Common name: Pineapple plant
Synonyms: Ananas sativus
Distribution and habitat: Ananas comosus are native to Tropical America. The Ananas comosus is a cultigen not know in the wild. It prefers light, permeable soils rich in organic matter with a pH between 5.5 and 6.0, although it will grow in heavier, poorer, more acidic soils. Bad drainage will inhibit the growth.
Description: Ananas comosus is a perennial monocotyledonous rosette plant with long, narrow leaves bearing sawtooth edges, having a terminal inflorescence and a terminal multiple fruit. Adult Ananas comosus plants are up to 1m (3 feet) high and 0.5m (1.5 feet) wide. The inflorescence consists of 50-200 individual hermaphrodite flowers with tubular corolla. Flowers are normally self-sterile and fruit development is parthenocarpic.
Ananas comosus makes a distinctive houseplant. It takes 2 years for the plant to mature enough to bloom and produce fruit. The fruit is produced on top of a sturdy stalk at the center of the plant. Homegrown pineapples are not as large as commercial pineapples.
Houseplant care: Ananas comosus is slow-growing and do not have a regular annual rest period.
Light: Ananas comosus likes really bright light, including direct sunlight. The sunnier the position, the stronger foliage colour will get.
Temperature: Ananas comosus require warm growing conditions. They do best when they have high humidity which can be provided by standing the pot on tray of moist peat or damp pebbles or occasionally spraying of foliage.
Favorable temperatures range from 21 to 28°C (70-82°F); temperatures in excess of 32°C (90°F) will result in leaf damage due to excessive transpiration. It is susceptible to cold, growth stopping at temperature below 20°C (68°F).
Watering: Water moderately, enough to make the potting mixture moist throughout, but allowing the top centimetre (0.4 inch) of mixture to dry out before watering again.
Fertilising: Apply to Ananas comosus standard liquid fertiliser every two weeks throughout the year.
Potting and repoting: Use the potting mixture recommended for terrestrial bromeliads.
Ananas comosus do not require a big pot for they have relatively little root. While yang plants may need to be moved into pots one size larger every other spring, a 15-20cm (6-8 inch) pot should be the largest size needed. It is best to use clay pots for these plants, since Ananas comosus in a plastic pot may become top-heavy and topple over.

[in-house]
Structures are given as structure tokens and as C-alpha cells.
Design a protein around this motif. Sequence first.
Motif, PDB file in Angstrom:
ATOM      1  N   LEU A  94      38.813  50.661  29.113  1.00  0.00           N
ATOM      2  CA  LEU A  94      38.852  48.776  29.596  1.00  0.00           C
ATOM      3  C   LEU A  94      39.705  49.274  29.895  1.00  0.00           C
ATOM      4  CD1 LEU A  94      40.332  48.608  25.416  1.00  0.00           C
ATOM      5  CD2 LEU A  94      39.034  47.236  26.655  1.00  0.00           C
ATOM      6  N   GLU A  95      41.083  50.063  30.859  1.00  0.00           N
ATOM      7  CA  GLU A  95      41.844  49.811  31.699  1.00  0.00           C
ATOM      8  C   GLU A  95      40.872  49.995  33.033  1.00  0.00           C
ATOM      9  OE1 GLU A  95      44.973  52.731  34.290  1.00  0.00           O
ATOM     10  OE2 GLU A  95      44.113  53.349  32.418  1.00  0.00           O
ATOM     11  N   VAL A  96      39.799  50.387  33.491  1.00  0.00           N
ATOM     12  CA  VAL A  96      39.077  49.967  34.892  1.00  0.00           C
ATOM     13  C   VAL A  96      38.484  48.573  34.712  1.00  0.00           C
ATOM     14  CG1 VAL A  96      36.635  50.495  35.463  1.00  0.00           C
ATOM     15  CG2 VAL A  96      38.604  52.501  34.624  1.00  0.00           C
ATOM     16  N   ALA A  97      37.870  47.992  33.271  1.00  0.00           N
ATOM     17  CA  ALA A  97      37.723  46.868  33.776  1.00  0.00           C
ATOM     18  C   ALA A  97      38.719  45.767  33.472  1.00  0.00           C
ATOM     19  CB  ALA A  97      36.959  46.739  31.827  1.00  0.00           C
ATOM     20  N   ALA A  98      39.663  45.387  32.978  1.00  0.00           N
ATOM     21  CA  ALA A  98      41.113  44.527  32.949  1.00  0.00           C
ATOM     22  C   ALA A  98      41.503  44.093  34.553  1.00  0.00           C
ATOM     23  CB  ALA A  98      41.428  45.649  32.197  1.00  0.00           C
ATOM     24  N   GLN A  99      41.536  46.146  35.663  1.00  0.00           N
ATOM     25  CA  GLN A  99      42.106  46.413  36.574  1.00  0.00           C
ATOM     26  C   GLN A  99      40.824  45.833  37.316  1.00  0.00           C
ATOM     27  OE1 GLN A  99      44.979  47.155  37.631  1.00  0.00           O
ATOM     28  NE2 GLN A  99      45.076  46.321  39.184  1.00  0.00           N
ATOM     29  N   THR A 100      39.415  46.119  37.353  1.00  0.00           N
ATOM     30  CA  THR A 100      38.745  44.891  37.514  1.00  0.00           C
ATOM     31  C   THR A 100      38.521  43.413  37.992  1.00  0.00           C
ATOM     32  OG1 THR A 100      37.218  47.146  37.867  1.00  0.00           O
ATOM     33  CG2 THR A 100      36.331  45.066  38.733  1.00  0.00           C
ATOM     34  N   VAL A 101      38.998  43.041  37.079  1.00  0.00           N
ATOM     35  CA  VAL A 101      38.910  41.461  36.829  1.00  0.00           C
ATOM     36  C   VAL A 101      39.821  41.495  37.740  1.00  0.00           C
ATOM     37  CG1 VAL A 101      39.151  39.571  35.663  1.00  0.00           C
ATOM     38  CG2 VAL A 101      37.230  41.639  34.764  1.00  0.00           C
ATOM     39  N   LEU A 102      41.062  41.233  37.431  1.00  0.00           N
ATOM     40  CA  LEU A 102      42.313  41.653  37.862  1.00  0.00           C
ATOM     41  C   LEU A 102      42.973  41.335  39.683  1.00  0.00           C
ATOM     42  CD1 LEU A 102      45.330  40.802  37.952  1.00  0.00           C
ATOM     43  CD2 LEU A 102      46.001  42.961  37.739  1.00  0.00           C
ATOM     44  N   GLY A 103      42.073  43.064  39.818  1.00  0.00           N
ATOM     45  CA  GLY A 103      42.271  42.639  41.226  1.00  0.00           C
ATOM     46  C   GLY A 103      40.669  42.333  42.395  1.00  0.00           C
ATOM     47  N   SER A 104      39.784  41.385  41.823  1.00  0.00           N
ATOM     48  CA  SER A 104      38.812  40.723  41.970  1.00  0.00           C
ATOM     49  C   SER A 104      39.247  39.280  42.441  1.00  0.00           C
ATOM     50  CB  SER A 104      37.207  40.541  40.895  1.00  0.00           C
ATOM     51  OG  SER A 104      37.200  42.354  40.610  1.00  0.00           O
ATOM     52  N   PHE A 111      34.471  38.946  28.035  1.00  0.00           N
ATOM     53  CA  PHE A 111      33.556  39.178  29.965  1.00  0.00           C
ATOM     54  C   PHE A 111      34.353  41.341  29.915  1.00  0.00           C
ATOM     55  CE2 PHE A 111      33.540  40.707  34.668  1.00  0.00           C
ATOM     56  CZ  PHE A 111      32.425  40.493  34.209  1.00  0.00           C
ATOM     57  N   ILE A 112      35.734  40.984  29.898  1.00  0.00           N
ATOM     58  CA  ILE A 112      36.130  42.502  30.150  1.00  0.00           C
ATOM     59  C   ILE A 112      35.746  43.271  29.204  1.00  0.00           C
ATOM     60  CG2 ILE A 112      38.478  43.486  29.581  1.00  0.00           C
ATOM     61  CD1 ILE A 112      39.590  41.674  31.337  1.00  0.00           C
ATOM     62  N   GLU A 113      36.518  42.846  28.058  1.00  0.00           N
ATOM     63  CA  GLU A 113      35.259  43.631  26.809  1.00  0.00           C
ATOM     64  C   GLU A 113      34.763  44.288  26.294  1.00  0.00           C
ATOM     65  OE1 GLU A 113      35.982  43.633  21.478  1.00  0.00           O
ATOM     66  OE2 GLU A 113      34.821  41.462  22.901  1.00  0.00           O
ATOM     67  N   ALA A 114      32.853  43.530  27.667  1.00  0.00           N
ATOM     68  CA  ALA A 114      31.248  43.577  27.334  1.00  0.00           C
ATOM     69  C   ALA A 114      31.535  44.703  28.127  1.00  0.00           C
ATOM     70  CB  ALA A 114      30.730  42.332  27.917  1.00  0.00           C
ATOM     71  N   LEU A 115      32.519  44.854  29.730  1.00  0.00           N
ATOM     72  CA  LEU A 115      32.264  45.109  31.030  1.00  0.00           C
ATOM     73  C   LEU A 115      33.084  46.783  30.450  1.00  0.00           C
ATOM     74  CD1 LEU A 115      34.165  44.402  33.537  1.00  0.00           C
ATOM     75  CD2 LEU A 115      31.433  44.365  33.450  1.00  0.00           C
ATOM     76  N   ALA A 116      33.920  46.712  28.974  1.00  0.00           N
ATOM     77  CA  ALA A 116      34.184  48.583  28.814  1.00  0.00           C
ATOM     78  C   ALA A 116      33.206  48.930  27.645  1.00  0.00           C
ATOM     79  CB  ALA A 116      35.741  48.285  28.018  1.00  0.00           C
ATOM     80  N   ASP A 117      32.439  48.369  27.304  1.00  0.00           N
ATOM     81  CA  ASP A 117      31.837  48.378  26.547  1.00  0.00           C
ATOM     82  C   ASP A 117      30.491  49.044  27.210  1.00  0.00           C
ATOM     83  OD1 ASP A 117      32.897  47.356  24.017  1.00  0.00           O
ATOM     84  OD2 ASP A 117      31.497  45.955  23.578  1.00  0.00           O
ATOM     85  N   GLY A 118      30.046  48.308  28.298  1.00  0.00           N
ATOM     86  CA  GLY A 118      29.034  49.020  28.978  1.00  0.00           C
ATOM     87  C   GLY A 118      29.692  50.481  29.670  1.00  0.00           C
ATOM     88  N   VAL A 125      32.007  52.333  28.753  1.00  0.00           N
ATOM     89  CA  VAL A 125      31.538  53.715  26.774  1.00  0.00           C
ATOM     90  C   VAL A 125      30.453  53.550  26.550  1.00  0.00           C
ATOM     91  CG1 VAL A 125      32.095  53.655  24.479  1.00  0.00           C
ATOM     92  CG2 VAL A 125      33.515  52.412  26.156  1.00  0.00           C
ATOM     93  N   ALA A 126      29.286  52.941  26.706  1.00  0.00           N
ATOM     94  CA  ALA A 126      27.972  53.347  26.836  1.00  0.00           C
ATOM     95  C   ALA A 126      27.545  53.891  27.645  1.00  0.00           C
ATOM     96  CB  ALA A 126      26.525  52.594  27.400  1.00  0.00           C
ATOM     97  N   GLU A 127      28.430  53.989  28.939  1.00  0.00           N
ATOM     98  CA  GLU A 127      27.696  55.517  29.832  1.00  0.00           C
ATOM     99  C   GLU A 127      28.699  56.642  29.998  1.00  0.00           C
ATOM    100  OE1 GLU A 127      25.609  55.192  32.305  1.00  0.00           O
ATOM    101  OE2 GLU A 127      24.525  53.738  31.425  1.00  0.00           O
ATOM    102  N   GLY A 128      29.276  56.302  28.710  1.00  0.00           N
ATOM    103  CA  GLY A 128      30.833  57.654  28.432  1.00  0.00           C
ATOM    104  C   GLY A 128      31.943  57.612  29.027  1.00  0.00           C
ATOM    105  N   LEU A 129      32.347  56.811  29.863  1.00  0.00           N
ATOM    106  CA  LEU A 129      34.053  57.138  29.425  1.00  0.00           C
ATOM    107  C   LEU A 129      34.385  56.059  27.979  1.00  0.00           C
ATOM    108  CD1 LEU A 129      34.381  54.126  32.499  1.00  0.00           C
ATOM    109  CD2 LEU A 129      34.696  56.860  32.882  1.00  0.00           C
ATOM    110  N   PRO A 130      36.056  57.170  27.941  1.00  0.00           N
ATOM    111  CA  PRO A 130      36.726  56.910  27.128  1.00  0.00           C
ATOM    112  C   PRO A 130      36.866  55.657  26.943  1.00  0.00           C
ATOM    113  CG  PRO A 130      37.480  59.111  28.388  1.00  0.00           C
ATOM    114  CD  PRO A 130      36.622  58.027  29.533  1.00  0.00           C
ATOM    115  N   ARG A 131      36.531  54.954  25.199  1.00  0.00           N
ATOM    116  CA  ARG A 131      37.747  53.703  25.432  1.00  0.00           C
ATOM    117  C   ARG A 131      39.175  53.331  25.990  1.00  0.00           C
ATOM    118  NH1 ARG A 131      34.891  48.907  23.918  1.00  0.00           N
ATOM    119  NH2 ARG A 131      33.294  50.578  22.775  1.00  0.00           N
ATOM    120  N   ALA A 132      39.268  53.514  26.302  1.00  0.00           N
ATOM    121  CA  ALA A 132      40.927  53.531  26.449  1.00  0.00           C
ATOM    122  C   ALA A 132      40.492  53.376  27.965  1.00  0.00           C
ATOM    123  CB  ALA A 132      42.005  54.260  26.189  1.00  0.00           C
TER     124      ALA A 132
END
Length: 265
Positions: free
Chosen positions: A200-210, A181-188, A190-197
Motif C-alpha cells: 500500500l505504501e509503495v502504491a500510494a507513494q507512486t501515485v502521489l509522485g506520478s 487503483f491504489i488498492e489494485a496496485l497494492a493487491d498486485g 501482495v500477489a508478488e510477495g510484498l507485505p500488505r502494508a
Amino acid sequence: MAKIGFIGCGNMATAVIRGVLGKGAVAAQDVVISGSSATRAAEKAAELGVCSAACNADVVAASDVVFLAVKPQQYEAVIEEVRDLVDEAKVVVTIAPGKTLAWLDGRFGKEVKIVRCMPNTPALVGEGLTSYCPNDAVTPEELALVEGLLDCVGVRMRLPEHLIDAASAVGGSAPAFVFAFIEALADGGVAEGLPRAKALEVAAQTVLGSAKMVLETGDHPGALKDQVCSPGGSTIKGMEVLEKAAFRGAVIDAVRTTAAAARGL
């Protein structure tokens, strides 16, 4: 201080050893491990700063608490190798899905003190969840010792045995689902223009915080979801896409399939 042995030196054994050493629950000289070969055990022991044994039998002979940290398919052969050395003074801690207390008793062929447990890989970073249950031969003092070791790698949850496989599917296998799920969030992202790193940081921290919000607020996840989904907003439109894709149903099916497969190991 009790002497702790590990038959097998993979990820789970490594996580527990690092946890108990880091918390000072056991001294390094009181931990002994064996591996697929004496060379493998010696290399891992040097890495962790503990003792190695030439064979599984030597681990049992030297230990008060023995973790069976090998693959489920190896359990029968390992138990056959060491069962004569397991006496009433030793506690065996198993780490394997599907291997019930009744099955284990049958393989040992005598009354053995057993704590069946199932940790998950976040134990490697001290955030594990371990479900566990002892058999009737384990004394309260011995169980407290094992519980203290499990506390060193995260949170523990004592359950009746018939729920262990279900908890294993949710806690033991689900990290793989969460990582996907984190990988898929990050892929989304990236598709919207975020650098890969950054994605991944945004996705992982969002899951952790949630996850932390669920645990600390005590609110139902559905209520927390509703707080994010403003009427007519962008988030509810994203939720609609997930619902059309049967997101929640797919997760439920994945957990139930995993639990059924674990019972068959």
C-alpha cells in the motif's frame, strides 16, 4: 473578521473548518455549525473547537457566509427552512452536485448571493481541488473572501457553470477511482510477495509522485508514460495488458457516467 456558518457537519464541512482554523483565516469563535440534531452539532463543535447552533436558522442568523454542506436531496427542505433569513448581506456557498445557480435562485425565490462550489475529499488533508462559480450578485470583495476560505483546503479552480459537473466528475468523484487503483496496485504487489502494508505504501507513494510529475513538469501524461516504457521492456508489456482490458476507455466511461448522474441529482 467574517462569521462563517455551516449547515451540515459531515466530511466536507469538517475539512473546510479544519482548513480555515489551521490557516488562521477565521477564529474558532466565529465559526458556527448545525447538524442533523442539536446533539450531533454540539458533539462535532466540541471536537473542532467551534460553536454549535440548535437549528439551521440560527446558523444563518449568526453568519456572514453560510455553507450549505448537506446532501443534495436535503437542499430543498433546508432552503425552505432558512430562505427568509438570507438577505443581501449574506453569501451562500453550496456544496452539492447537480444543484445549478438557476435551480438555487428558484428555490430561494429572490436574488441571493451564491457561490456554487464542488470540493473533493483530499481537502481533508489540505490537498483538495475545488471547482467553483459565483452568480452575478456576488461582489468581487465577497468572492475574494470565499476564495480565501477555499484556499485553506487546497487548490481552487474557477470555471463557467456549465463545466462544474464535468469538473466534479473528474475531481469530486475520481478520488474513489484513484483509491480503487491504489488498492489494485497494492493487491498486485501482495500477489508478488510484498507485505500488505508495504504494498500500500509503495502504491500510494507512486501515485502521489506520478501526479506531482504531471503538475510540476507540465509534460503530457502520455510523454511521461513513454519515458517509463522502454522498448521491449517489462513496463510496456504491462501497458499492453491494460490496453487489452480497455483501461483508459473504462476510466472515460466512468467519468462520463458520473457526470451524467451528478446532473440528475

Propagation: Vegetative propagation is the dominant form of reproduction by the use of vegetative shoots including the crown, slips and suckers. Ananas comosus are propagated by cutting the leafy top from a commercial pineapple. Make sure to clean all of the yellow fruit from the leaf top. Peel 4 layers of leaves off and root damp sand-peat mixture (equal parts peat and coarse sand). Place the pot in a warm, slightly shaded position. The roots should appear in about eight weeks. After roots appear, transfer to an 20cm (8 inch) pot for growing. They are also started from offshoots from the main plant. Possibly flowering in 20–24 months and fruiting in the following six months.
Ananas comosus variegatus has channeled and spiny leaves 4cm (1.5 inch) wide and up to 90cm (35 inch) long; they are green with ivory-coloured margins, but turn deep pink if given sufficient sunlight. Flowers, followed by a small (usually pink) fruit at the top of 90cm (35 inch) tall stout, may develop when the plant is about six years old grown under ideal conditions.
Uses: Ananas comosus mainly cultivated for its edible fruits, is also cultivated as an ornamental plant, serving as a stately foliage plant or as a curiosity (with the tempting promise of edible produce).
Foliage – green
Features – flowers & fruits
Shape – rossete
Height: 60-90cm (24-36 inch)
Watering in active growth period – moderately
Light – direct
Temperature in active growth period – min 18°C max 27°C (64-81°F)
Humidity – high